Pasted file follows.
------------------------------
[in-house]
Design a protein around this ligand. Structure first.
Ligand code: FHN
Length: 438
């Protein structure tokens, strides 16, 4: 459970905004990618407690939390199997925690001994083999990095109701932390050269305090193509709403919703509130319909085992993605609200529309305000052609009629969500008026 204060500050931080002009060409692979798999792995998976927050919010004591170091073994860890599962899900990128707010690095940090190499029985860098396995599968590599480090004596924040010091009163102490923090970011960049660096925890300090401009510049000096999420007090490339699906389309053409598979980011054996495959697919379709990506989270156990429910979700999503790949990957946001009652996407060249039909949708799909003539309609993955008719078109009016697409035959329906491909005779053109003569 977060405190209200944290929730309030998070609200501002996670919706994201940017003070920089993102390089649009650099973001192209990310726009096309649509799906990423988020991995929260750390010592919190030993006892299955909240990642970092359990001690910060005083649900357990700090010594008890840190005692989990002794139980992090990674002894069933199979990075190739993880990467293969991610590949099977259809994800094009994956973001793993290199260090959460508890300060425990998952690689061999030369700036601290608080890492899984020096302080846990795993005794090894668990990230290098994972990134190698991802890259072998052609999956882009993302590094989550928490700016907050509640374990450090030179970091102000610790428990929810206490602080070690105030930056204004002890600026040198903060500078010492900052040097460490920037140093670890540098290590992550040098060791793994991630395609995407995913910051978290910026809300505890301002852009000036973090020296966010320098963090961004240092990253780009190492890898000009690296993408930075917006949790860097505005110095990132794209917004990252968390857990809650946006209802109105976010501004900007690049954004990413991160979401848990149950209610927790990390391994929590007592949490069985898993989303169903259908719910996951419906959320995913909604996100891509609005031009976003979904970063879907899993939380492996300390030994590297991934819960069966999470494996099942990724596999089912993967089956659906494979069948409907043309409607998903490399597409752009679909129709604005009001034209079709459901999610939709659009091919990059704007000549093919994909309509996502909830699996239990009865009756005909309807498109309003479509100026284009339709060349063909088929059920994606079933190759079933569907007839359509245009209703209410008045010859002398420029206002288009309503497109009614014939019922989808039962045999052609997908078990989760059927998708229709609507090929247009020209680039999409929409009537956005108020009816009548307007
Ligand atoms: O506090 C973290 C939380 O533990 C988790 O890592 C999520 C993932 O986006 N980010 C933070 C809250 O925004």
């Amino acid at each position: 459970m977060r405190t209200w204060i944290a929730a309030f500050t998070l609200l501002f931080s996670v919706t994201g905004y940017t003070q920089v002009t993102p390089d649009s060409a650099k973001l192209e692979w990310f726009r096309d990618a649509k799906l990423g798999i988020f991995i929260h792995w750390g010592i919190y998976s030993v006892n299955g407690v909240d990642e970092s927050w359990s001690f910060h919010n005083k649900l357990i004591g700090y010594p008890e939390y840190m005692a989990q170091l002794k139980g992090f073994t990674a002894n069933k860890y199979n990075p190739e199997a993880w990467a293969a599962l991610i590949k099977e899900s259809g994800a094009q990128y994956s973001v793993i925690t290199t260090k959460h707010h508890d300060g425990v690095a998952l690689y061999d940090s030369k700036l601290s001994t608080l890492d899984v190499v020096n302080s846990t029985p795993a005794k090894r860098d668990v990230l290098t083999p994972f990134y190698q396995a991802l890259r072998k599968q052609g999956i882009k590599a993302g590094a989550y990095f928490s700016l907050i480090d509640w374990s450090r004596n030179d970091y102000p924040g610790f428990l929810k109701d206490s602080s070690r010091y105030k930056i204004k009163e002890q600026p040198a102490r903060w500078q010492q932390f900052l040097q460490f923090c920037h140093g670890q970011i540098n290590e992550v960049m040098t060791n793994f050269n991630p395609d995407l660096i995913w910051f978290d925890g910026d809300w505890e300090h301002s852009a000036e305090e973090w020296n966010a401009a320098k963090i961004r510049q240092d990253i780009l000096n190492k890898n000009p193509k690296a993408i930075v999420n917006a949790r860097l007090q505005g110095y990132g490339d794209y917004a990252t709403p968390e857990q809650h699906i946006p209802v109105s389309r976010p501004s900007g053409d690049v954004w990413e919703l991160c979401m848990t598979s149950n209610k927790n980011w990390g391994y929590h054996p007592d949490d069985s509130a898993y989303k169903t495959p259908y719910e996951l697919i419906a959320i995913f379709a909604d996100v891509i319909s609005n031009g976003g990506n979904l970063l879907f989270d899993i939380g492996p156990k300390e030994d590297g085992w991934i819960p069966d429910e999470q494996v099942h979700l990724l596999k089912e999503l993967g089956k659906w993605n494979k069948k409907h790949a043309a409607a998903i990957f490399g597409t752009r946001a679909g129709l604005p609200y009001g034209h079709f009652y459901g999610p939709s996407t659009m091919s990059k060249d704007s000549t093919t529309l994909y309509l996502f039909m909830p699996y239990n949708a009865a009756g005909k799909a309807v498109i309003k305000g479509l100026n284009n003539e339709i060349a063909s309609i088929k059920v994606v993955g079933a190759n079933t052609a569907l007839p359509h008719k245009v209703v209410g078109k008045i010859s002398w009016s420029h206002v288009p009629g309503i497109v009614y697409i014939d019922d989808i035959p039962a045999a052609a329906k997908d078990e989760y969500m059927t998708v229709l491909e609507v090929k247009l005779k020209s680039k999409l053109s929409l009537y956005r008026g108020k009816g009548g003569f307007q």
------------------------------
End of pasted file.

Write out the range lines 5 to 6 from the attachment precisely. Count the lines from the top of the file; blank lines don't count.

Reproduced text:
């Protein structure tokens, strides 16, 4: 459970905004990618407690939390199997925690001994083999990095109701932390050269305090193509709403919703509130319909085992993605609200529309305000052609009629969500008026 204060500050931080002009060409692979798999792995998976927050919010004591170091073994860890599962899900990128707010690095940090190499029985860098396995599968590599480090004596924040010091009163102490923090970011960049660096925890300090401009510049000096999420007090490339699906389309053409598979980011054996495959697919379709990506989270156990429910979700999503790949990957946001009652996407060249039909949708799909003539309609993955008719078109009016697409035959329906491909005779053109003569 977060405190209200944290929730309030998070609200501002996670919706994201940017003070920089993102390089649009650099973001192209990310726009096309649509799906990423988020991995929260750390010592919190030993006892299955909240990642970092359990001690910060005083649900357990700090010594008890840190005692989990002794139980992090990674002894069933199979990075190739993880990467293969991610590949099977259809994800094009994956973001793993290199260090959460508890300060425990998952690689061999030369700036601290608080890492899984020096302080846990795993005794090894668990990230290098994972990134190698991802890259072998052609999956882009993302590094989550928490700016907050509640374990450090030179970091102000610790428990929810206490602080070690105030930056204004002890600026040198903060500078010492900052040097460490920037140093670890540098290590992550040098060791793994991630395609995407995913910051978290910026809300505890301002852009000036973090020296966010320098963090961004240092990253780009190492890898000009690296993408930075917006949790860097505005110095990132794209917004990252968390857990809650946006209802109105976010501004900007690049954004990413991160979401848990149950209610927790990390391994929590007592949490069985898993989303169903259908719910996951419906959320995913909604996100891509609005031009976003979904970063879907899993939380492996300390030994590297991934819960069966999470494996099942990724596999089912993967089956659906494979069948409907043309409607998903490399597409752009679909129709604005009001034209079709459901999610939709659009091919990059704007000549093919994909309509996502909830699996239990009865009756005909309807498109309003479509100026284009339709060349063909088929059920994606079933190759079933569907007839359509245009209703209410008045010859002398420029206002288009309503497109009614014939019922989808039962045999052609997908078990989760059927998708229709609507090929247009020209680039999409929409009537956005108020009816009548307007
Ligand atoms: O506090 C973290 C939380 O533990 C988790 O890592 C999520 C993932 O986006 N980010 C933070 C809250 O925004």